Name: Thomas Diamond
Position: Starting Pitcher
DOB: April 6, 1983
With the Rangers' selection of right-handed pitcher Thomas Diamond in the 2004 MLB Draft, it marked the second consecutive year they had taken a pitcher in the top 10 overall picks.
Not surprisingly, Rangers fans had high expectations for Diamond and he lived up to them in his first season as a pro. In 46 innings between short-season Spokane and Single-A Clinton, the big pitcher struck out 68 while surrendering only 31 base hits.
Diamond was quickly becoming a fan-favorite, not only because of his performance, but also because of his mindset. Known as a 'bulldog' on the mound, that reputation only increased after one occurrence at fall instructional league in 2004.
Playing against the Oakland Athletics' instructs club, Diamond fell off the mound awkwardly while attempting to deliver one pitch, causing some A's players – including the hitter – to laugh. Diamond delivered some chin music with his next pitch before fanning the hitter on three consecutive 94 MPH fastballs. According to Jamey Newberg of The Newberg Report, after the at-bat, Diamond asked the hitter if it would be funny if he were to "wear a fastball" the next time he laughed at Diamond's expense.
Diamond picked up right where he left off in 2005, beginning his season with High-A Bakersfield. Despite pitching in the hitter-friendly California League, the New Orleans native posted phenomenal numbers with the Blaze. He made 14 starts with the club, posting a perfect 8-0 record. Diamond's ERA was a pristine 1.99 and he gave up just 53 hits – while striking out 101 – in 81.1 innings.
The first-half performance earned Diamond a spot in the MLB All-Star Futures game. It also got him a promotion to Double-A Frisco. Diamond's ERA ballooned to 5.35 in 14 starts with the RoughRiders, largely because of his suddenly erratic control. In just 69 Double-A frames, Diamond issued 38 walks [nearly five per nine innings] and uncorked 10 wild pitches.
Although Diamond lowered his Double-A ERA to 4.24 in 2006, the control problems remained the same. The 6-foot-3 righty struck out a league-best 145 batters, but he also walked 78.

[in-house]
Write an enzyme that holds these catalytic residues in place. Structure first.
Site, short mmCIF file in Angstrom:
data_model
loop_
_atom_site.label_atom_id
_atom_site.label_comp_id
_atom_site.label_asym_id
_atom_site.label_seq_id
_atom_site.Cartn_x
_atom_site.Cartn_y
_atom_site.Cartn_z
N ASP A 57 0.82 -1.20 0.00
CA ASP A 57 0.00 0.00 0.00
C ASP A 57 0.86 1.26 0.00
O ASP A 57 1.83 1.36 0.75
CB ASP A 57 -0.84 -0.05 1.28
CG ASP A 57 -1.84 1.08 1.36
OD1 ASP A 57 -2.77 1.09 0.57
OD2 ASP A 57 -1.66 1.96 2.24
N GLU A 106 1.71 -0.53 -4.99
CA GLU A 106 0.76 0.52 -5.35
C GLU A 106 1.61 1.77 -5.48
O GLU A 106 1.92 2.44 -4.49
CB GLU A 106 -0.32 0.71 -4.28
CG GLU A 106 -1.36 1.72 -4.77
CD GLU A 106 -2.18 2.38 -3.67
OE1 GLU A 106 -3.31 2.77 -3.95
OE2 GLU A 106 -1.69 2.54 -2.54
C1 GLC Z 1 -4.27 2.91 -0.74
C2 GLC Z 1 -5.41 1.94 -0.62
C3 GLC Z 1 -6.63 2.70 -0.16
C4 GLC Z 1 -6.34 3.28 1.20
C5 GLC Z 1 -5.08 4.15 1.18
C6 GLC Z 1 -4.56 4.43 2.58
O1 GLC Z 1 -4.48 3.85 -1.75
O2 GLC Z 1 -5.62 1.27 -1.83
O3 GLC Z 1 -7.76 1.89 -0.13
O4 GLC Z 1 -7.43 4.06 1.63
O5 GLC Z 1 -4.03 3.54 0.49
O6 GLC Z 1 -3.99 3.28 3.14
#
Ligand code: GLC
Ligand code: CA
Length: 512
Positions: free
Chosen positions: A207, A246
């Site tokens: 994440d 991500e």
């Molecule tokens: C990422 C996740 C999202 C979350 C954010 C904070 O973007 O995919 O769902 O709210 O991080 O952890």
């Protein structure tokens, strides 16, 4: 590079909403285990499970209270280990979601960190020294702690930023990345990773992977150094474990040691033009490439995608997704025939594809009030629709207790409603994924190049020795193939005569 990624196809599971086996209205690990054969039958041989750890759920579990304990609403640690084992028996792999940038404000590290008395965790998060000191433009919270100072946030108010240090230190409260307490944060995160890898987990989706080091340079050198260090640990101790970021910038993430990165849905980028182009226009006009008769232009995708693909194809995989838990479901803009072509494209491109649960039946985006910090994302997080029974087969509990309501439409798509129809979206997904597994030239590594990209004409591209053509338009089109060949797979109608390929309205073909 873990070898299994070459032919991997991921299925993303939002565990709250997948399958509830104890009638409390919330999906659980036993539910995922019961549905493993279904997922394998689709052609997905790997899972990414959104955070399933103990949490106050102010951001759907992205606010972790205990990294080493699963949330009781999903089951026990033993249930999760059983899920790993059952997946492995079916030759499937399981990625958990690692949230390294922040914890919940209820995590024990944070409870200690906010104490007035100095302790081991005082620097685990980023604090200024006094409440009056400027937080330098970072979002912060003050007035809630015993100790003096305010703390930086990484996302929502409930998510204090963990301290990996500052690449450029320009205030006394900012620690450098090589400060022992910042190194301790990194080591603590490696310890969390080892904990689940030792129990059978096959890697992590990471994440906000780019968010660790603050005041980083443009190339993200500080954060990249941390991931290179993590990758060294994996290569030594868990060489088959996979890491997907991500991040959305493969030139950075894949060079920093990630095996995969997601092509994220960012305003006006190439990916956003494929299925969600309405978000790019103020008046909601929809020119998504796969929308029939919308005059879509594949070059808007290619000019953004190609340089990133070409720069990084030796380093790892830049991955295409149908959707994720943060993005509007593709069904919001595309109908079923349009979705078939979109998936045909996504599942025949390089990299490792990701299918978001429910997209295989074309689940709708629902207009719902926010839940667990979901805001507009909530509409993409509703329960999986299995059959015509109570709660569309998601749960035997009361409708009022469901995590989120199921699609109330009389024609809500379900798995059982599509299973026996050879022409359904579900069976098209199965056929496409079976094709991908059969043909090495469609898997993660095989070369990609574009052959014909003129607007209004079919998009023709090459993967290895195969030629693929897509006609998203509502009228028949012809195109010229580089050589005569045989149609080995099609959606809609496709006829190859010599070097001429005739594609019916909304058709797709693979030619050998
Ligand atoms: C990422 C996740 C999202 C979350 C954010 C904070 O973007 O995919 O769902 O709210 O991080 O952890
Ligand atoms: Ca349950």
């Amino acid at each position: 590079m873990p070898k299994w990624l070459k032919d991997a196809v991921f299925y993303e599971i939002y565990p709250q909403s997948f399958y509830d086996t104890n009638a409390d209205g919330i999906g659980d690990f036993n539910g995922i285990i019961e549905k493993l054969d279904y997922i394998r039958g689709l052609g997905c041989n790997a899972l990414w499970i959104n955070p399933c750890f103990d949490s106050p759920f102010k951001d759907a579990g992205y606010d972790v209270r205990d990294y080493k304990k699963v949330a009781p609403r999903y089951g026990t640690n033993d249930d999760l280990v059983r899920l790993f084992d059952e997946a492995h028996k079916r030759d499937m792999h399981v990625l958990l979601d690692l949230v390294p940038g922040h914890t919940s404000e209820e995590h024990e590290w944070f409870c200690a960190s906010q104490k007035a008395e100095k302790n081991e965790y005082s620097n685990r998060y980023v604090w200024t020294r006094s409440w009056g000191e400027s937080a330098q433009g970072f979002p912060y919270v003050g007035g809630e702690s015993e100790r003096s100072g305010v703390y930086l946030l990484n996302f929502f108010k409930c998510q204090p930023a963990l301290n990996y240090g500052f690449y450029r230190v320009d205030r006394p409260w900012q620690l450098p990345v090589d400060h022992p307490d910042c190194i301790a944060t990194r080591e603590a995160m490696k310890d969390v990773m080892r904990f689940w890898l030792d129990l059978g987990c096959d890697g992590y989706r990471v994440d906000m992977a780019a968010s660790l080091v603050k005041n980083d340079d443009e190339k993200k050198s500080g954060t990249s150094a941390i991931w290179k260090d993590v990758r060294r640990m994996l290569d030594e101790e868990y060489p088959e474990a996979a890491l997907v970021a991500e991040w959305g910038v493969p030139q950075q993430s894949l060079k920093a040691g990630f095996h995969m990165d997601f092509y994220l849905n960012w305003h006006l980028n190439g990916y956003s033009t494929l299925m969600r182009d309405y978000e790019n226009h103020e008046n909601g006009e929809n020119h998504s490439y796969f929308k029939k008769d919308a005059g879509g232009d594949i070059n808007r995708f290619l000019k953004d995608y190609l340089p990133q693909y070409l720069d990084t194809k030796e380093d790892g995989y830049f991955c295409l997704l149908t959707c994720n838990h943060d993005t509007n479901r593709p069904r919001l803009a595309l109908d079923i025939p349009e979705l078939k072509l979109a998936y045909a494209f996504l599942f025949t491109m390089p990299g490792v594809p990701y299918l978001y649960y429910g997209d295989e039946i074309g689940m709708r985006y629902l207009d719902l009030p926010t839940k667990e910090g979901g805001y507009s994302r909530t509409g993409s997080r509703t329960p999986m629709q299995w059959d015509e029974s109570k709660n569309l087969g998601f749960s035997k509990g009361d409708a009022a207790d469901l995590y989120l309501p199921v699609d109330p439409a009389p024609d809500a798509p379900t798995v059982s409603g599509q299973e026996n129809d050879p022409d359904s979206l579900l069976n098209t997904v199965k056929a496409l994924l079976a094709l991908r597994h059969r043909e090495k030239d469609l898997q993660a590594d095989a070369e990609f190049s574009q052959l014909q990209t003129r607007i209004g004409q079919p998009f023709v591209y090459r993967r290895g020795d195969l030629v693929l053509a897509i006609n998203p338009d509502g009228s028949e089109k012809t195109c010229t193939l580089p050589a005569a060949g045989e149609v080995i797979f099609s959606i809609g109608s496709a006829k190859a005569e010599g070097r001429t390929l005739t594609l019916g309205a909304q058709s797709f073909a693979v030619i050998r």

Part of Diamond's problem was that he wasn't able to put away hitters. He generally didn't have a problem getting ahead in the count, but he would often struggle to locate his breaking ball or nibble around the corners with his fastball. This not only led to free passes, but he also consistently had high pitch counts.
But even with all his struggles in 41 Double-A starts, Diamond was tough to hit [he has allowed 170 hits in 198 Double-A innings] and he still struck out his share of hitters [213 K's].
Coming into the 2007 campaign, Diamond was expected to make his debut at the Triple-A level. Unfortunately, he was sidelined early in camp and was forced to undergo Tommy John surgery on his right elbow. Diamond has spent the past year at the Rangers' minor league complex in Arizona, but he is currently throwing off a mound once again. All signs currently point to a June return to an affiliated club, but that is subject to change.
Also See: Sizing up the right-handed pitching prospects (October 16, 2007)
Repertoire: Fastball, Changeup, Curveball.
Diamond's best offering has always been an overpowering low-to-mid-90s fastball. Though his velocity was inconsistent in 2006 – his last year on the mound – Diamond has generally sat in the 92-94 MPH range since joining the Rangers organization. In the past, Diamond has displayed the ability to dial his fastball into the 95-96 MPH range, a quality that could return with more frequency after he recovers from Tommy John surgery. The hurler's plus changeup helped him limit lefties to a .218 batting average two seasons ago. Perhaps Diamond's biggest challenge over the last few seasons has been finding a breaking pitch. After working with a curveball in 2004 and the first-half of 2005, Diamond practically scrapped the pitch in favor of a slider. But he struggled to command the slider in 2006 and has now reportedly switched back to the curveball. Early returns on Diamond's curveball are positive, but only time will tell, as he only recently began throwing simulated games. Since reaching the Double-A level, Diamond – formerly known as a strike-thrower – has often struggled to find the strike zone. His walk rates have nearly doubled in Double-A and it is one of the only things holding him back.
Projection: If Diamond's curveball comes around as a strong, consistent offering and he is able to fix his recent control issues, he could be a number two starter in the big leagues. Even if Diamond is never able to develop a strong breaking ball, he has the stuff – and attitude – to work as a late-inning reliever. Diamond has long been known for his tenacity on the mound and his excellent power fastball-changeup combination could be lethal in the ‘pen. The Rangers will continue to work Diamond as a starter unless he proves he cannot pitch there in the majors.
2008 Outlook: Last season's Tommy John surgery will likely have Diamond shelved until June. But the hurler is already throwing simulated games and he will continue to pitch in spring and extended spring training until he is ready to join an affiliated club. Diamond may make a handful of rehab starts at some lower levels when he does return, but one would think he would eventually return to Double-A Frisco [or possibly Triple-A Oklahoma] for the remainder of the season.
|2007||DNP - Injured|